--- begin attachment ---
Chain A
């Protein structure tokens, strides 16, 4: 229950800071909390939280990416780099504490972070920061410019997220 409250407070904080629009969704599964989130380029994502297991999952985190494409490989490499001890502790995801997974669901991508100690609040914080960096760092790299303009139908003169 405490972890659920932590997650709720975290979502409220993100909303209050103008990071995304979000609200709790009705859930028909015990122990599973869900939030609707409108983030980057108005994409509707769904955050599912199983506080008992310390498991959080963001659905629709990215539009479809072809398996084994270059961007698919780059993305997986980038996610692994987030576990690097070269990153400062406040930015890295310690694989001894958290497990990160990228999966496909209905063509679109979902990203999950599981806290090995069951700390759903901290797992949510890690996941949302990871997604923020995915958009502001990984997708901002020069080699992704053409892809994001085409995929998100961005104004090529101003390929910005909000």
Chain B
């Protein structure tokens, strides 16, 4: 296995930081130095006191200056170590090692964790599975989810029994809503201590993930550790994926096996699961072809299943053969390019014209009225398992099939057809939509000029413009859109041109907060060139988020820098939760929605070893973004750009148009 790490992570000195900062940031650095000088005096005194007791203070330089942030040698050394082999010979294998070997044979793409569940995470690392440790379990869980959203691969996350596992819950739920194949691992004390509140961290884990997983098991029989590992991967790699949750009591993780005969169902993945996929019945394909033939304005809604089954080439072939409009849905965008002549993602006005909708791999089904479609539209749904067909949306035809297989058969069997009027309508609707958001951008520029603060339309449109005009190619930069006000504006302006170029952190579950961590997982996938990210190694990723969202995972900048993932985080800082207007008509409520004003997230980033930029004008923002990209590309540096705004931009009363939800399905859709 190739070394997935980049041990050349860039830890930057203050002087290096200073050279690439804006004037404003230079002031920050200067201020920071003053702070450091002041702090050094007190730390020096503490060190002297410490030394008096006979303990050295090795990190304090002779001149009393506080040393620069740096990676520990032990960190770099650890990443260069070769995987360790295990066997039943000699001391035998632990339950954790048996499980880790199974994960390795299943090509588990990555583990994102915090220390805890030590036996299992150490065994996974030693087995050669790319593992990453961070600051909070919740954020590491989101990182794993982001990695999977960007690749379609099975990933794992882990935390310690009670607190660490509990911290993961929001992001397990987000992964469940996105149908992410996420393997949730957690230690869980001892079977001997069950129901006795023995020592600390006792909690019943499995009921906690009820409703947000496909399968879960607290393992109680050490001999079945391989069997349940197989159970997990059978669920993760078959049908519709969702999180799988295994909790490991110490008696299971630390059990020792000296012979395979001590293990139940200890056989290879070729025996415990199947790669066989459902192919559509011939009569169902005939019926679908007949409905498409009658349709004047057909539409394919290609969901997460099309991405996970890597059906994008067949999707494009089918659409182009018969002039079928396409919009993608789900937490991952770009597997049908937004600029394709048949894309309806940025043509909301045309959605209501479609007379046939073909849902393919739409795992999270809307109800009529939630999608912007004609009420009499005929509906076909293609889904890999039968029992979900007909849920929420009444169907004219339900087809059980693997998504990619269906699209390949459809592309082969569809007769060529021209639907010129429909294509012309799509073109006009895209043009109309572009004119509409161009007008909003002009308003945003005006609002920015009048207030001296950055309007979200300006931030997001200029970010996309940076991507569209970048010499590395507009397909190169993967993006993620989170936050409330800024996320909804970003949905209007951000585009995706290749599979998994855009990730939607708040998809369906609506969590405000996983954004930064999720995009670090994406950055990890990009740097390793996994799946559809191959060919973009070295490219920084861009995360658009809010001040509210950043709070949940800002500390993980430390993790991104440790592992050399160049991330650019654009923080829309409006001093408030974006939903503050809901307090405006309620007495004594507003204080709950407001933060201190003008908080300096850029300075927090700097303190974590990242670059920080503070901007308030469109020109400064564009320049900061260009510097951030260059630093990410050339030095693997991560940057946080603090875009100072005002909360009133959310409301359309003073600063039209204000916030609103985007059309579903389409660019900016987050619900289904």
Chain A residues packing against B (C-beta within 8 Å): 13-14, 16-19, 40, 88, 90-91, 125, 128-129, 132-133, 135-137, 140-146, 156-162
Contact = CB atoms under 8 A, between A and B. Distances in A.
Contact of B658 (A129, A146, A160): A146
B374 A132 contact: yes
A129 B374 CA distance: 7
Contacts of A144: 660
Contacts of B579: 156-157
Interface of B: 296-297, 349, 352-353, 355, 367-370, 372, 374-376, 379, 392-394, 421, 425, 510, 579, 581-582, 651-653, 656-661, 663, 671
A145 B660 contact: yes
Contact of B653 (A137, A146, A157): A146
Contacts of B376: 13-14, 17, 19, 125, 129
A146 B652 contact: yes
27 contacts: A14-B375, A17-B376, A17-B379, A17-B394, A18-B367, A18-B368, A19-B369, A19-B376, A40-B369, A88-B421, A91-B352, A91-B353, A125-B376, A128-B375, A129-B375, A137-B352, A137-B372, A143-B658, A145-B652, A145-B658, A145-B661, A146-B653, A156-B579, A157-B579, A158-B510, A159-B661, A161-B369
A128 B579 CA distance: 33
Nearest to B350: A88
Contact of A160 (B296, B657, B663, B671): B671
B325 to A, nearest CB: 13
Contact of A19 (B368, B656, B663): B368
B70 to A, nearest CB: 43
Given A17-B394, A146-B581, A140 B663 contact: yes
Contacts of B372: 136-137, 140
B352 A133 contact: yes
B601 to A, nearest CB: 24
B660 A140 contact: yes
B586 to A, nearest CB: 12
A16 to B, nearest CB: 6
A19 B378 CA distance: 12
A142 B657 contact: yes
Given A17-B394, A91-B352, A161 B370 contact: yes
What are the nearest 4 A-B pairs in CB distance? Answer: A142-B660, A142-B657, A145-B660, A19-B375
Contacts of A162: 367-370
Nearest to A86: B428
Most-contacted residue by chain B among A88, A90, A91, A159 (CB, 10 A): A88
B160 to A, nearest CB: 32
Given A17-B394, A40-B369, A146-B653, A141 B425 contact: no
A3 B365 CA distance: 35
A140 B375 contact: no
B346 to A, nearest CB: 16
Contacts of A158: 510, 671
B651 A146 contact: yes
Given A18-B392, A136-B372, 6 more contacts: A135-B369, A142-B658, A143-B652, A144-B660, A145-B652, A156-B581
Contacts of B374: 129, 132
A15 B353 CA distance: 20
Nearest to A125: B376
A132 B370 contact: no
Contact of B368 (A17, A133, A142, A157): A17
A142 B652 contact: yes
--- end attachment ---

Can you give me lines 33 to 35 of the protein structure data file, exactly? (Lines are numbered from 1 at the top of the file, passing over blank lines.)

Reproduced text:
Given A17-B394, A91-B352, A161 B370 contact: yes
What are the nearest 4 A-B pairs in CB distance? Answer: A142-B660, A142-B657, A145-B660, A19-B375
Contacts of A162: 367-370